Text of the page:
Patent Lifts the Curtain on Massive 2018 Core Algorithm Update
Could we finally know the secret behind one of Google’s biggest algorithm update in recent years? Potentially. A recent patent published by Google has given us a glimpse behind the curtain of the infamous E-A-T update. The patent, which was officially published on February 13, 2020, is titled Website Representation Vector to Generate Search Results and Classify Website – try saying that three times fast! Essentially, the patent describes how Google is able to classify websites depending on whether they meet thresholds based upon quality scores, and then use that classification to assign different weights to rankings. https://twitter.com/bill_slawski/status/1231410913560821760 The patent document goes on to say the quality scores may be specific for a particular knowledge domain, and lists the following as examples of knowledge domains: [su_list icon=”icon: chevron-right” icon_color=”41bf60″]
- Artificial intelligence
[/su_list] Here is a snippet of the patent: “Methods, systems, and apparatus, including computer programs encoded on computer storage media, for using website representations to generate, store, or both, search results. One of the methods includes receiving data representing each website in a first plurality of websites associated with a first knowledge domain of a plurality of knowledge domains and having a first classification; receiving data representing each website in a second plurality of websites associated with the first knowledge domain and having a second classification; generating a first composite-representation of the first plurality of websites; generating a second composite-representation of the second plurality of websites; receiving a representation of a third website; determining a first difference measure between the first composite-representation and the representation; determining a second difference measure between the second composite-representation and the representation; and based on the first difference measure and the second difference measure, classifying the third website.”
So, What Does This Have to Do With E-A-T?
Considering the range of industries covered under the patent – and the fact that it was filed the same week as the update – this could explain a lot about the August 2018 E-A-T update. To refresh your memory, E-A-T (which stands for expertise, authority, and trust) was a massive core algorithm update nicknamed the “medic” update due to its significant affect on medical websites. In fact, it’s estimated that over 41% of all websites affected by the update were related to the health/medical industry. The main focus of the update was to favour sites that are able to prove they have credibility, expertise, trust, and authority related to the topics they covered, particularly when it comes to health, finance, or e-commerce websites. Essentially, this patent gives us a look into how Google is able to determine the category of a particular website and therefore understand if the site should have a certain level of authority behind it. The patent reads:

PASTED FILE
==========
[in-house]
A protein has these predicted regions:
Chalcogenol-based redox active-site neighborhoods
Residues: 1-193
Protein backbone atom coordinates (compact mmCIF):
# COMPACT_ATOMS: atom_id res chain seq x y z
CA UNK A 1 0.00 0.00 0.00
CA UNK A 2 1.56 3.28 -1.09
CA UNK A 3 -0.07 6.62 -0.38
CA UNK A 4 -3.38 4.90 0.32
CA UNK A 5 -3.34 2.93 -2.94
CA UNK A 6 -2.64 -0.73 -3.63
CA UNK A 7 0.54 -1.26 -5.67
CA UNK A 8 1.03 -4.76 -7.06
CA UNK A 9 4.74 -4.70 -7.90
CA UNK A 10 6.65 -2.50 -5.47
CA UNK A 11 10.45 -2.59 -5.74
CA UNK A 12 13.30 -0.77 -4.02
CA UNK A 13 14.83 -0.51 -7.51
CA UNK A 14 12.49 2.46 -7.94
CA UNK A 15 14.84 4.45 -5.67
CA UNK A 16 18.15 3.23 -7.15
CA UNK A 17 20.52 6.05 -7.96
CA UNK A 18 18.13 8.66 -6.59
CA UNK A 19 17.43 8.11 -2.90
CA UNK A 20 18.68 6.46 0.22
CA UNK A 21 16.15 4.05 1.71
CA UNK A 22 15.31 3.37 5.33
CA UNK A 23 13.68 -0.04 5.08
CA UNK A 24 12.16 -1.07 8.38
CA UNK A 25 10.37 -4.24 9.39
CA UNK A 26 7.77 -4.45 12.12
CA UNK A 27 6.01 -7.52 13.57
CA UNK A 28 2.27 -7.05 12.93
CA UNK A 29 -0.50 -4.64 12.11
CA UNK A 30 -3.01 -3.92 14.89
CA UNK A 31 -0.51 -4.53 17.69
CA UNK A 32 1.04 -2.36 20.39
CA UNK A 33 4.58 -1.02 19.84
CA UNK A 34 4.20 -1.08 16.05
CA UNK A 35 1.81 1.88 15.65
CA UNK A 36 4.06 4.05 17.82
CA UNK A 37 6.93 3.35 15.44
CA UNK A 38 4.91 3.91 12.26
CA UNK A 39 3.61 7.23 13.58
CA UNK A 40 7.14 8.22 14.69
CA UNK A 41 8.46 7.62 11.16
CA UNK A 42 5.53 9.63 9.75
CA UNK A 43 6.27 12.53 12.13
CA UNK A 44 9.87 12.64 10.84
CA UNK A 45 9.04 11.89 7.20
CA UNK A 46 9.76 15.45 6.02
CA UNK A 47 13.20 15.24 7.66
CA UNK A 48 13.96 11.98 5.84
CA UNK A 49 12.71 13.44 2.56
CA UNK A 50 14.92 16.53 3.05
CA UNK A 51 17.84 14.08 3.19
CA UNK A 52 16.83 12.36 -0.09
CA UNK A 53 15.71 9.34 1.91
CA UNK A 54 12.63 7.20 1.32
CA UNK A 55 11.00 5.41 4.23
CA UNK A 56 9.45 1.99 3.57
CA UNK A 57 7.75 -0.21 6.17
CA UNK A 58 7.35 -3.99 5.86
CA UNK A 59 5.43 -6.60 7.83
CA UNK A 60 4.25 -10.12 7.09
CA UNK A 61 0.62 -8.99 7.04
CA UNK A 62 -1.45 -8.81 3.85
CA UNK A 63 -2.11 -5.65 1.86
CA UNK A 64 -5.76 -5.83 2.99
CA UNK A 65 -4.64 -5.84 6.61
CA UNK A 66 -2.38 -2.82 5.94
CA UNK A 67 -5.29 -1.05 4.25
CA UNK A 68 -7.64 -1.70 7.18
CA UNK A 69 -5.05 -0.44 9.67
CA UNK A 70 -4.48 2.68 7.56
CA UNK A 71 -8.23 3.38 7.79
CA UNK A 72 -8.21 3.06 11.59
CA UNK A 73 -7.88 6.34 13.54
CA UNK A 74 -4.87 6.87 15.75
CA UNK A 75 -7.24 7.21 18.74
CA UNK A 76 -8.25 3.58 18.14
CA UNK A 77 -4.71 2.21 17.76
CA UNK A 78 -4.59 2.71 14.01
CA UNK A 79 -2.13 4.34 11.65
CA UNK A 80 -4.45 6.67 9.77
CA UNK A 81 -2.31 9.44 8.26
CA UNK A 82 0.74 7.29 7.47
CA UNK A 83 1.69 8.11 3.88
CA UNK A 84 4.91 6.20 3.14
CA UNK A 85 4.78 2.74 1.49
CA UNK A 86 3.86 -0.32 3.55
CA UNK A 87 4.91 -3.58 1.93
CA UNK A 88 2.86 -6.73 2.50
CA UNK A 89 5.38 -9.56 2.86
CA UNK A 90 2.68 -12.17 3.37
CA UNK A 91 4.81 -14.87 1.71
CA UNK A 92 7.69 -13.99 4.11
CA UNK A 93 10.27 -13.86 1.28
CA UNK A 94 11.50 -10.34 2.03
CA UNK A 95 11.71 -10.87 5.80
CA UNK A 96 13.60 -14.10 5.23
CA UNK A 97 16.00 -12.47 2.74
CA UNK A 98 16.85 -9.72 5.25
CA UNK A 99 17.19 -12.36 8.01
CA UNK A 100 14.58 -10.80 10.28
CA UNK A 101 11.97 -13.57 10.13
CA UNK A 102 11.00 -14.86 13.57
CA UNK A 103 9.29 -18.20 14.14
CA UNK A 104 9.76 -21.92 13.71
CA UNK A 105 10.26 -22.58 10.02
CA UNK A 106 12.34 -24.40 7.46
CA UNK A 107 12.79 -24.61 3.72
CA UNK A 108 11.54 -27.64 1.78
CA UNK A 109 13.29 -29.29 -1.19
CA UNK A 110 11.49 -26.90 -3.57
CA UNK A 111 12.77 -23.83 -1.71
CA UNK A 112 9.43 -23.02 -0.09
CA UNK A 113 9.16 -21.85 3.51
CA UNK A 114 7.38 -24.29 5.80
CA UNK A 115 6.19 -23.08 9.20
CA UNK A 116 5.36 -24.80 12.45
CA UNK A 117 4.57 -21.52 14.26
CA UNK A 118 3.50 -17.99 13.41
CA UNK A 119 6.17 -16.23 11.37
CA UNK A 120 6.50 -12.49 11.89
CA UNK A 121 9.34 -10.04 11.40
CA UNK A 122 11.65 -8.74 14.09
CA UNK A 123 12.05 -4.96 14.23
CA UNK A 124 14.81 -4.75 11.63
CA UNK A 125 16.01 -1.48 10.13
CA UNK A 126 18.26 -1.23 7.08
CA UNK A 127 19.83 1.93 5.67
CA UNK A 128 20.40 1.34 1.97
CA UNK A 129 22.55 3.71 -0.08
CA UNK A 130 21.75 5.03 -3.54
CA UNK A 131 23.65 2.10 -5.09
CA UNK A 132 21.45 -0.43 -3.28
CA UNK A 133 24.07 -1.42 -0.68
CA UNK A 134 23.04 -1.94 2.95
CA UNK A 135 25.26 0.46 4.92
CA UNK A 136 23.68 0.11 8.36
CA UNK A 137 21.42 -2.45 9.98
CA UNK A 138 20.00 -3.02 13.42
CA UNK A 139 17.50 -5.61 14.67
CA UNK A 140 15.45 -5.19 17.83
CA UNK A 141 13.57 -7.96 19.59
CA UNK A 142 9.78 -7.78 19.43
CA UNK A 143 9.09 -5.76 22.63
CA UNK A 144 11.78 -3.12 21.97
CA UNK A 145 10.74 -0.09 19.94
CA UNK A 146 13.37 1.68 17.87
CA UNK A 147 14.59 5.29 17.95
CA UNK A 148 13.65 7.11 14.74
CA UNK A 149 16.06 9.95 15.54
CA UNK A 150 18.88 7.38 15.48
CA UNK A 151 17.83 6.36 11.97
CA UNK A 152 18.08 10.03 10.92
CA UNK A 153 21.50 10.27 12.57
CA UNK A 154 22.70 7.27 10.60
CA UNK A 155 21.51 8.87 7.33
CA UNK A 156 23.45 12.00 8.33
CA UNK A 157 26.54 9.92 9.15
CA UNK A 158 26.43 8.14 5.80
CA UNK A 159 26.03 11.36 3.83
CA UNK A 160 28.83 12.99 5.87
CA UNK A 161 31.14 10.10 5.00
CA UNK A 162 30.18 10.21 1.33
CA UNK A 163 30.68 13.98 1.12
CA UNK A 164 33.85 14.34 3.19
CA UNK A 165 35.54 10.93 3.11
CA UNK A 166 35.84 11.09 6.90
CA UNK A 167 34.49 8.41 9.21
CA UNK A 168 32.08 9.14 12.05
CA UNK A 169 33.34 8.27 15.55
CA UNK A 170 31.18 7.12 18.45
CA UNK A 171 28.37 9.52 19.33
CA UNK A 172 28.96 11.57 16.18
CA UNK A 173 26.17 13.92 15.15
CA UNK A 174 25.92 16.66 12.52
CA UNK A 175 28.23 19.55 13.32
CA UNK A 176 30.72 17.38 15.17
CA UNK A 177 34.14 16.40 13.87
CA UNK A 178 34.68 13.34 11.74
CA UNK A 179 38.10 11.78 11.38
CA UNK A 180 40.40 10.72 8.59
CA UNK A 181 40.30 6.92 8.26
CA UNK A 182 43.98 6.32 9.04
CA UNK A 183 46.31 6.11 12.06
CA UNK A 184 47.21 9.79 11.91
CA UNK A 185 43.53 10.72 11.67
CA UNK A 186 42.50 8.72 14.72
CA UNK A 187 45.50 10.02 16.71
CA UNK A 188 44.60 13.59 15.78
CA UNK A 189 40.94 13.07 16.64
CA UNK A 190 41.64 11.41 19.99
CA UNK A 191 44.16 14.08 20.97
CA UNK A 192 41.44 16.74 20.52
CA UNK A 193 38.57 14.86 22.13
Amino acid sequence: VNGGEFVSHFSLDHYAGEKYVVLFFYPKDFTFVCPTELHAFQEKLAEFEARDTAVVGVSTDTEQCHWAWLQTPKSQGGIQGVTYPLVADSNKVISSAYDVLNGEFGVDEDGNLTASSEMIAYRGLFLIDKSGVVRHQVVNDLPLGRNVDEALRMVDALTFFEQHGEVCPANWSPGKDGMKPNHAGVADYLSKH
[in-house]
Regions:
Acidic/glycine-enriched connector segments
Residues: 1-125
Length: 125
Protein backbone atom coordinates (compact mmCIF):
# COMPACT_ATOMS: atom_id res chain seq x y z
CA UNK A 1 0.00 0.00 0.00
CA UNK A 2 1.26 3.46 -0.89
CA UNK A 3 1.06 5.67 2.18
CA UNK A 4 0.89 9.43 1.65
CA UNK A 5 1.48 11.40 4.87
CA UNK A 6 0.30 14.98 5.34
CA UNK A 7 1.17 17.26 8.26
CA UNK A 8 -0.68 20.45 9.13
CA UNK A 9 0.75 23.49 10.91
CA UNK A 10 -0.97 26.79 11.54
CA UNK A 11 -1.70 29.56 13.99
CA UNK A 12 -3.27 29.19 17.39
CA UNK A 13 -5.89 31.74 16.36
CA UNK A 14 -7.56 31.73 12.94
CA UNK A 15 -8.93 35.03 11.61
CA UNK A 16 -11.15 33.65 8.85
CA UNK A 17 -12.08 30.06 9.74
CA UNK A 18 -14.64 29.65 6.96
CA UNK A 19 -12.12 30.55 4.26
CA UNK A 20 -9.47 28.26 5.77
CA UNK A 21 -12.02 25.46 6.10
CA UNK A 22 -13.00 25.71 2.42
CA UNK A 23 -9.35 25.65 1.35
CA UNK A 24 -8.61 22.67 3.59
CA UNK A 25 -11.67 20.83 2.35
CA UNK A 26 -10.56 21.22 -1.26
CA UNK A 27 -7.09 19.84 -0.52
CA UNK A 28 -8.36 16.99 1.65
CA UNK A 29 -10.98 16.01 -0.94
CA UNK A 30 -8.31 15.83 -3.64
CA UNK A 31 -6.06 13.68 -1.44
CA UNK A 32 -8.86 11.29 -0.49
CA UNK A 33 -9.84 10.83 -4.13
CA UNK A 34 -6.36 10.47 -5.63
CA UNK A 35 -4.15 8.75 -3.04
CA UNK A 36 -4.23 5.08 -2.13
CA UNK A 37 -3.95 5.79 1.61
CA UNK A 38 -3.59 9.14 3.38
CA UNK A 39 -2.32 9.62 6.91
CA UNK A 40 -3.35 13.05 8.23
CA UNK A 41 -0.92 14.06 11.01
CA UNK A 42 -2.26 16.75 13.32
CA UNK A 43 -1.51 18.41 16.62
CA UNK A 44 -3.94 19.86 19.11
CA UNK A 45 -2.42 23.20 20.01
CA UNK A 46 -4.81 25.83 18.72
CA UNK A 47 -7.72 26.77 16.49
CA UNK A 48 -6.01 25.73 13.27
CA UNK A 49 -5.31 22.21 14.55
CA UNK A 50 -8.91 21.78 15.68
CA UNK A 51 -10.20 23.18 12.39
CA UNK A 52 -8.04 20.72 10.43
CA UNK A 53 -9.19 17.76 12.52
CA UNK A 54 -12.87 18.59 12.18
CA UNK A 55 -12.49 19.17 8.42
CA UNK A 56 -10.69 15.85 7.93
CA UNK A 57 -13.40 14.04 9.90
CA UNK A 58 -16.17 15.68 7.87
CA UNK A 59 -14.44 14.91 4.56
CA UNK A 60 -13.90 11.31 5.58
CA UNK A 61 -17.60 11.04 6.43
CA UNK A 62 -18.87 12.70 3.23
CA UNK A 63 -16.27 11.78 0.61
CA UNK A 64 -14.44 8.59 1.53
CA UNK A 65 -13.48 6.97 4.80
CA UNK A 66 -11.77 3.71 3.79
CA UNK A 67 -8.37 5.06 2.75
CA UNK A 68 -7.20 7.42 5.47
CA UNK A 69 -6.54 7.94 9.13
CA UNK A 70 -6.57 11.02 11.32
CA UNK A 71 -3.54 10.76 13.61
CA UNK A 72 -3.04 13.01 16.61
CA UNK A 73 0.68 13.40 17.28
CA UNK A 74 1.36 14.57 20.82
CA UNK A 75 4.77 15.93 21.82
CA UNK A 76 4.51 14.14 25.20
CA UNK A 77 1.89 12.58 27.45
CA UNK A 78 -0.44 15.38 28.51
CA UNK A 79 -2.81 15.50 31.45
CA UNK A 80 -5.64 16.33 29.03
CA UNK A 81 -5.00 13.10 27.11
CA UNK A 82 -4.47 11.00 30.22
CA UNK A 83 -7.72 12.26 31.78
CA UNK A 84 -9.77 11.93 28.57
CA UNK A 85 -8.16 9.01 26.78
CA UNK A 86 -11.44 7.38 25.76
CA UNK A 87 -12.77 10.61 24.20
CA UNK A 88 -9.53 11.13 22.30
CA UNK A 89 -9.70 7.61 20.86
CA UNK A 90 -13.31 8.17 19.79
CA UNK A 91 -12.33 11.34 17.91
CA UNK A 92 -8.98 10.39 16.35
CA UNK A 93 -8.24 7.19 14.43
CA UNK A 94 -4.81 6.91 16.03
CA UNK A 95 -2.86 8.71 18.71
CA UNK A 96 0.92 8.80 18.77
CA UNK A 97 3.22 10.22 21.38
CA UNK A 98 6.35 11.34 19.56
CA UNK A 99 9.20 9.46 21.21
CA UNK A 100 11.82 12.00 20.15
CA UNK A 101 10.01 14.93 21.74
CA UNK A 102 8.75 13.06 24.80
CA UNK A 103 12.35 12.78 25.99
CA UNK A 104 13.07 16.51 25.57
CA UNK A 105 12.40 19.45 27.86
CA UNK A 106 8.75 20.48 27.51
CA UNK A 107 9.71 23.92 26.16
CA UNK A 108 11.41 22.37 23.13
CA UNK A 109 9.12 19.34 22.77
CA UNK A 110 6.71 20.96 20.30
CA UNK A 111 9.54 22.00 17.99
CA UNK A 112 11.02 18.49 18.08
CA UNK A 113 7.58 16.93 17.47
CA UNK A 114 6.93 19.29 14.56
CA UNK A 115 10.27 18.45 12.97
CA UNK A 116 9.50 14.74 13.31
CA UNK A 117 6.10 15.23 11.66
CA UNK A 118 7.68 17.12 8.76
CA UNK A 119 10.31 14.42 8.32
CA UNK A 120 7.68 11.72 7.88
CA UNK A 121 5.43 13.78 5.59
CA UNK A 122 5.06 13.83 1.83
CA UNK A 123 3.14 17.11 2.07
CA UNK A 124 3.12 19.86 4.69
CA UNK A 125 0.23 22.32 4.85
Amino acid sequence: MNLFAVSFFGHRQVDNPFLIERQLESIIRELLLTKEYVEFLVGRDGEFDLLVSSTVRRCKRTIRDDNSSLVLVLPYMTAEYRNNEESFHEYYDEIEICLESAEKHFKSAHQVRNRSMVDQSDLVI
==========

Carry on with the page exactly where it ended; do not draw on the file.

“For instance, the website classifications may include a first category of websites authored by experts in the knowledge domain, e.g., doctors, a second category of websites authored by apprentices in the knowledge domain, e.g., medical students, and a third category of websites authored by laypersons in the knowledge domain.”
Between the contents of the patent and the fact that it was filed the same week that E-A-T rolled out, it’s fair to say that the two are most likely related. However, it should be noted just because Google has this patent, doesn’t necessarily mean it’s actually being put to use. But if it is being used, this definitely sheds a bit of light on the always so mysterious Google algorithm updates. Especially considering the fact that we’re usually left in the dark regarding these kinds of updates and aren’t aware that they’re happening until rankings start to fluctuate.